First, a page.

RealNews

California Vulnerable to Outbreak

Agency’s findings show that the state’s medical facilities aren’t equipped to handle commonplace diseases or major bioterrorism attacks. While attempting to gauge California’s readiness to deal with a bioterrorism attack, an independent oversight agency has found that the state’s basic public health system is so disjointed and neglected that residents are just as seriously threatened by an epidemic of commonplace diseases such as the flu. In a report scheduled for release next month, the state’s Little Hoover Commission describes a 30-year erosion of a health system that has left Californians vulnerable to disease outbreaks, new germ strains, hospital-acquired infections and widespread poisoning. Government officials and private experts interviewed by the independent agency over the past year testified that the network for tracking disease and treating mass illness or injury has “deteriorated to the point that lives are at risk,” according to the draft report, a copy of which was obtained by The Times. That deterioration, it said, partly reflects a shortage of money, but also is the result of unfocused state agencies and a lack of centralized leadership in the health-care system. Full Story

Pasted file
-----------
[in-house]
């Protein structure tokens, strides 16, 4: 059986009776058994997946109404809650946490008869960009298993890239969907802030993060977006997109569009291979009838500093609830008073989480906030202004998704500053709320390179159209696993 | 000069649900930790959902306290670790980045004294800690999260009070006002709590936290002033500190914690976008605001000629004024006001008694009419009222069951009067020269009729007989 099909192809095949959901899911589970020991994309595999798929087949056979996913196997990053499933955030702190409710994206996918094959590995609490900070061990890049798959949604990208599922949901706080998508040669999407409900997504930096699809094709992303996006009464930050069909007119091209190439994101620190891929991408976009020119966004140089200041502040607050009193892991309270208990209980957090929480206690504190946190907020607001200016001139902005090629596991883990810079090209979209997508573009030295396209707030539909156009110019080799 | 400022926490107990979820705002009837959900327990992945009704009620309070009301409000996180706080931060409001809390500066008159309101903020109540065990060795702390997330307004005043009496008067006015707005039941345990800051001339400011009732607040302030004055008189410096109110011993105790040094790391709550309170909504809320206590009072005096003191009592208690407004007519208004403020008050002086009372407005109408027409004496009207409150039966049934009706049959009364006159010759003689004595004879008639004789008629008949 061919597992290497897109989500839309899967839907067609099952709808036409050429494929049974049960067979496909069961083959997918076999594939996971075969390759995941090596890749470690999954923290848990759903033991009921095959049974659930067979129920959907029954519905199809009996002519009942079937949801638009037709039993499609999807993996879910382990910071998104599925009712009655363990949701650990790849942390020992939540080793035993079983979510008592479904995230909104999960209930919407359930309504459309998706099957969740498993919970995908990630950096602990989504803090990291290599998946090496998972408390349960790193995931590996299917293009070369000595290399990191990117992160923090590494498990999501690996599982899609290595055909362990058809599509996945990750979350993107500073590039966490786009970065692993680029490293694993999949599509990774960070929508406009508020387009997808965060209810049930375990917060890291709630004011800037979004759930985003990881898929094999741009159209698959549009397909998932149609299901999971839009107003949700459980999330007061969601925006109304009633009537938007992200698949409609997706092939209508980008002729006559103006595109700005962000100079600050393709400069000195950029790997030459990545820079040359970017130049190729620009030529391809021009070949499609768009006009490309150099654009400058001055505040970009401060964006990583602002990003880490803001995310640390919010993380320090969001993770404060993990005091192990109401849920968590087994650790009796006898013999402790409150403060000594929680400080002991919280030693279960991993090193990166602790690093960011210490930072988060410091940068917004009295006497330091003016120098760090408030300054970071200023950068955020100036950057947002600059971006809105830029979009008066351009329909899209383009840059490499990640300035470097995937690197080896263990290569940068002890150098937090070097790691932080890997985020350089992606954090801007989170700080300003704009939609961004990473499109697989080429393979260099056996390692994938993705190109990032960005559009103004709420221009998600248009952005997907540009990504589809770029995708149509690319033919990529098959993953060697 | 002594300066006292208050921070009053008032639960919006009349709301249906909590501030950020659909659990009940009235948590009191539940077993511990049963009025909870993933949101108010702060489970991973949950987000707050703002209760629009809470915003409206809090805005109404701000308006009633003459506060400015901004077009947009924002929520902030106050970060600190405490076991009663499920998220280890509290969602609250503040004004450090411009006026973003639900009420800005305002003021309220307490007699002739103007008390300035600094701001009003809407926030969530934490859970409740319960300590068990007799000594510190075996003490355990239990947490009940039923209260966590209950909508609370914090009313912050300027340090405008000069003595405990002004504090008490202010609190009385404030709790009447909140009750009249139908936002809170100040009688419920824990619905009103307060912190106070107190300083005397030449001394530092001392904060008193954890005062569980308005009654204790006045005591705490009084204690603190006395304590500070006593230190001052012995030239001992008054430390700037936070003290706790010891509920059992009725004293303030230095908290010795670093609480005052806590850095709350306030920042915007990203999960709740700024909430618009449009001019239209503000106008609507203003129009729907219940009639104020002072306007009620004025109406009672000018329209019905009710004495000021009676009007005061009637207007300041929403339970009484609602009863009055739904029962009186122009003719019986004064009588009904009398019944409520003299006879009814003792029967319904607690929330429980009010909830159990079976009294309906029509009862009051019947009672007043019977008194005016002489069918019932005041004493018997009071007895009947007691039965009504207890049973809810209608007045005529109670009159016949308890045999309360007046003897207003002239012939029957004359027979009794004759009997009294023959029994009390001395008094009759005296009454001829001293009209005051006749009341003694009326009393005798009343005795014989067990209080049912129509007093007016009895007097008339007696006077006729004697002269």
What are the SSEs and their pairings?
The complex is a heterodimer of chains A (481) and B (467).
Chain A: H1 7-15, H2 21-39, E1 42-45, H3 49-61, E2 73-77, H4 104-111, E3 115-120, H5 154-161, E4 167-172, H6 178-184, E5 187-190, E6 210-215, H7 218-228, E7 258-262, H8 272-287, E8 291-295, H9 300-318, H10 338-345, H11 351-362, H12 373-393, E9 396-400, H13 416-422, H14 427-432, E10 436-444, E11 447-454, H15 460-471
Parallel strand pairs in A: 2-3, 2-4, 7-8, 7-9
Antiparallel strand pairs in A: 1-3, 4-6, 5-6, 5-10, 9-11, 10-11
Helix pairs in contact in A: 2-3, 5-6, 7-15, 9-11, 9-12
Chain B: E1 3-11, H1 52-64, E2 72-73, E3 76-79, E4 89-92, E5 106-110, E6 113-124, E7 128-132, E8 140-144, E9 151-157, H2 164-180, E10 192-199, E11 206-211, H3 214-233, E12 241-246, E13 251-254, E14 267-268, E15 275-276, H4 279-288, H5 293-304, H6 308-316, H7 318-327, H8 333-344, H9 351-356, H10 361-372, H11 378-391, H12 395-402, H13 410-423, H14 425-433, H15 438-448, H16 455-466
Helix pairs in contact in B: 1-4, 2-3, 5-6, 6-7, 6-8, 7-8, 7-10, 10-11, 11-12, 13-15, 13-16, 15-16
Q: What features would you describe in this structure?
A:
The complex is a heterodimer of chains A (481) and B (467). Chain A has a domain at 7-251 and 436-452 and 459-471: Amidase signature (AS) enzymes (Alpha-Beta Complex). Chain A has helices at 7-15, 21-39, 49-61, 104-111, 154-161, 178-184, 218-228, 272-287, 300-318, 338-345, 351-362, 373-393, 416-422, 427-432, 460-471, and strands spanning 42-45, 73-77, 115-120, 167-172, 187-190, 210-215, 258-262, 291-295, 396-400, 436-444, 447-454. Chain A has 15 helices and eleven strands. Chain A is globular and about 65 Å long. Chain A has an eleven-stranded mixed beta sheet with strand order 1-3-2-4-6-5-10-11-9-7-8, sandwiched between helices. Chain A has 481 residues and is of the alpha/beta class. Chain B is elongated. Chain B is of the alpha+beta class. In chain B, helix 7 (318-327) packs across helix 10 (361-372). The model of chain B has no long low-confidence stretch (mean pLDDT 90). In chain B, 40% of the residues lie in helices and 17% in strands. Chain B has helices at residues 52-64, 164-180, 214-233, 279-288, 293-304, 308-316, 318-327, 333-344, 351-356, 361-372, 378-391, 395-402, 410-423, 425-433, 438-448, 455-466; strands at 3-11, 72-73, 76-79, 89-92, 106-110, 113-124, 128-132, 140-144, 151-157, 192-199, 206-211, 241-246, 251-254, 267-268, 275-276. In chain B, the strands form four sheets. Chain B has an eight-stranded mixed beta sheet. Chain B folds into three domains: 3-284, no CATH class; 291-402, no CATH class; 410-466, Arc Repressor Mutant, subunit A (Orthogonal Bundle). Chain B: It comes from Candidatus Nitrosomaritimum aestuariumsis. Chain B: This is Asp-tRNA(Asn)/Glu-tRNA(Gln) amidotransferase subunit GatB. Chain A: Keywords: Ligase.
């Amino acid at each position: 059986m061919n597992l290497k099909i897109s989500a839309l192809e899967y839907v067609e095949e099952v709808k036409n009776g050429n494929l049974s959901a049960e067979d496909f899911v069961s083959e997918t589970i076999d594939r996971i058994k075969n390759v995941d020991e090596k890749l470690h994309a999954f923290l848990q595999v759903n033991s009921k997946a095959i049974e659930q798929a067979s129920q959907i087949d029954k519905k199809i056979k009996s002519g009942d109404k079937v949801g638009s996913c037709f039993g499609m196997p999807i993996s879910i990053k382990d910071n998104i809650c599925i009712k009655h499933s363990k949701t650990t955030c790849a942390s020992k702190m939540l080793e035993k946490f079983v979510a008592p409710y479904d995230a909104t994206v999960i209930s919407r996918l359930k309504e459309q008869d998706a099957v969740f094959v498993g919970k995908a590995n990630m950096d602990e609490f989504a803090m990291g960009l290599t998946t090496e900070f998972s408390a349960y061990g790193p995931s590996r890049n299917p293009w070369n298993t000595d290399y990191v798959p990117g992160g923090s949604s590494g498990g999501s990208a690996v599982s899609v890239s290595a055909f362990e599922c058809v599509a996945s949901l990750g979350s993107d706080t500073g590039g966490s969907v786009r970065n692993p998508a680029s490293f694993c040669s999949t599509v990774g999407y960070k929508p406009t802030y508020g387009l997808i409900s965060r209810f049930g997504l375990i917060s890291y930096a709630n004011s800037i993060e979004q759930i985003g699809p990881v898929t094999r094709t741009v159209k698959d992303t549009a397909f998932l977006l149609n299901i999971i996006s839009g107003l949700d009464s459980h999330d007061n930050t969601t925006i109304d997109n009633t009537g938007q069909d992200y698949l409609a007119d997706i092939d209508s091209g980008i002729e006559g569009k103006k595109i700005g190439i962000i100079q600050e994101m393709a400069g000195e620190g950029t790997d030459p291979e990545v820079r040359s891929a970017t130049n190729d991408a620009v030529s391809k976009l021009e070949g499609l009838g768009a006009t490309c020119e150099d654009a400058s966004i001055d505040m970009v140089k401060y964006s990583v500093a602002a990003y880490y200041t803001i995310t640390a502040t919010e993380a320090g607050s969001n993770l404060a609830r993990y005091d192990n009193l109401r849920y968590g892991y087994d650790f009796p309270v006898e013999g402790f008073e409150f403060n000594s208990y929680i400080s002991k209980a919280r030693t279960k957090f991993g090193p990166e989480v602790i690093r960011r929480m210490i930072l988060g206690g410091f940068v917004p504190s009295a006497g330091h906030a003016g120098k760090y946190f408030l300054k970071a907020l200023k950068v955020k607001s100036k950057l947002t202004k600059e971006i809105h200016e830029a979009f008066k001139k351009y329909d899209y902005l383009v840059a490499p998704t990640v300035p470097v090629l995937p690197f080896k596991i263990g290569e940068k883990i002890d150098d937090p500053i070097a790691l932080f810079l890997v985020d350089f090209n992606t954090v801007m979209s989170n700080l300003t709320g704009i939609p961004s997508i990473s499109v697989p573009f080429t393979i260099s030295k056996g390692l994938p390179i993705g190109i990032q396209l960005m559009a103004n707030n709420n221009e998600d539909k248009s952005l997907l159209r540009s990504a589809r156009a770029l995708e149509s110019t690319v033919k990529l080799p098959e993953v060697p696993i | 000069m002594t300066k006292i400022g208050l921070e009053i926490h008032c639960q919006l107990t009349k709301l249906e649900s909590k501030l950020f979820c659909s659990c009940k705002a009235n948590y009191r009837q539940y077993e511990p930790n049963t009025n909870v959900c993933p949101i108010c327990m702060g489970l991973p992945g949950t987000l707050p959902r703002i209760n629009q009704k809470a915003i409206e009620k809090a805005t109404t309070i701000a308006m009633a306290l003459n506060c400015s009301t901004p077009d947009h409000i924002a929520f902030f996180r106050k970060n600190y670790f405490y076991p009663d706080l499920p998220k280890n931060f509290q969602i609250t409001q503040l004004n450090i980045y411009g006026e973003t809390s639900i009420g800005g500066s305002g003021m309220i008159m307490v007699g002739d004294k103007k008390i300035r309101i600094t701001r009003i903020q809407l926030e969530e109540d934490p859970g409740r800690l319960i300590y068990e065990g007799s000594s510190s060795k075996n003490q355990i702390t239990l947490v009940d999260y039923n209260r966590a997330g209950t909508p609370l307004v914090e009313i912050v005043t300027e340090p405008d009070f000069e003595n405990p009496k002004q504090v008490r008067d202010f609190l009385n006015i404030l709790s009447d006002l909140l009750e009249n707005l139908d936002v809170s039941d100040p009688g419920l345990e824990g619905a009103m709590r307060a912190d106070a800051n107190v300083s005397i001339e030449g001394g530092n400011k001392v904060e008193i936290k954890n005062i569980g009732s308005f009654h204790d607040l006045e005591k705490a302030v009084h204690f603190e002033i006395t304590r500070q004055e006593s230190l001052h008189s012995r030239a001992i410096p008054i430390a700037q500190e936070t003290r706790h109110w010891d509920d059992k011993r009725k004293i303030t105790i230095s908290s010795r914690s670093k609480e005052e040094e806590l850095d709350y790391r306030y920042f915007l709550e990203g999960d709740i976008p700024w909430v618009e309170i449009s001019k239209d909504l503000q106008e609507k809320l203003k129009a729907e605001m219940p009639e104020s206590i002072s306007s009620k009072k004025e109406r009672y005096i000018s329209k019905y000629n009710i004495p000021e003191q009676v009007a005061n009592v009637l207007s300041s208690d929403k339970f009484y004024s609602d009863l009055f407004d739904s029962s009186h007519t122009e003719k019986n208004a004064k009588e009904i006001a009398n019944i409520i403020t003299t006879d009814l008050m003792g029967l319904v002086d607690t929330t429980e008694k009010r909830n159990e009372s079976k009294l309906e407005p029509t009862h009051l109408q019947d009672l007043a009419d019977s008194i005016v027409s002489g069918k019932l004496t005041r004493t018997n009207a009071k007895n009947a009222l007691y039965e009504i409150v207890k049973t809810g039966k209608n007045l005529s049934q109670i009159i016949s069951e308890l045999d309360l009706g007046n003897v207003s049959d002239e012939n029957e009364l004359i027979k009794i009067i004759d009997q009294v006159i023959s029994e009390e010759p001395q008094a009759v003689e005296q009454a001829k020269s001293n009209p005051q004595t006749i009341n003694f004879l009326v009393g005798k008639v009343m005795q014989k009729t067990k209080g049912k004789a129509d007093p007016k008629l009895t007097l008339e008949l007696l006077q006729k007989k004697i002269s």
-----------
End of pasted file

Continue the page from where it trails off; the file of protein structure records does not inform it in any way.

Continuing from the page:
OODA Analyst

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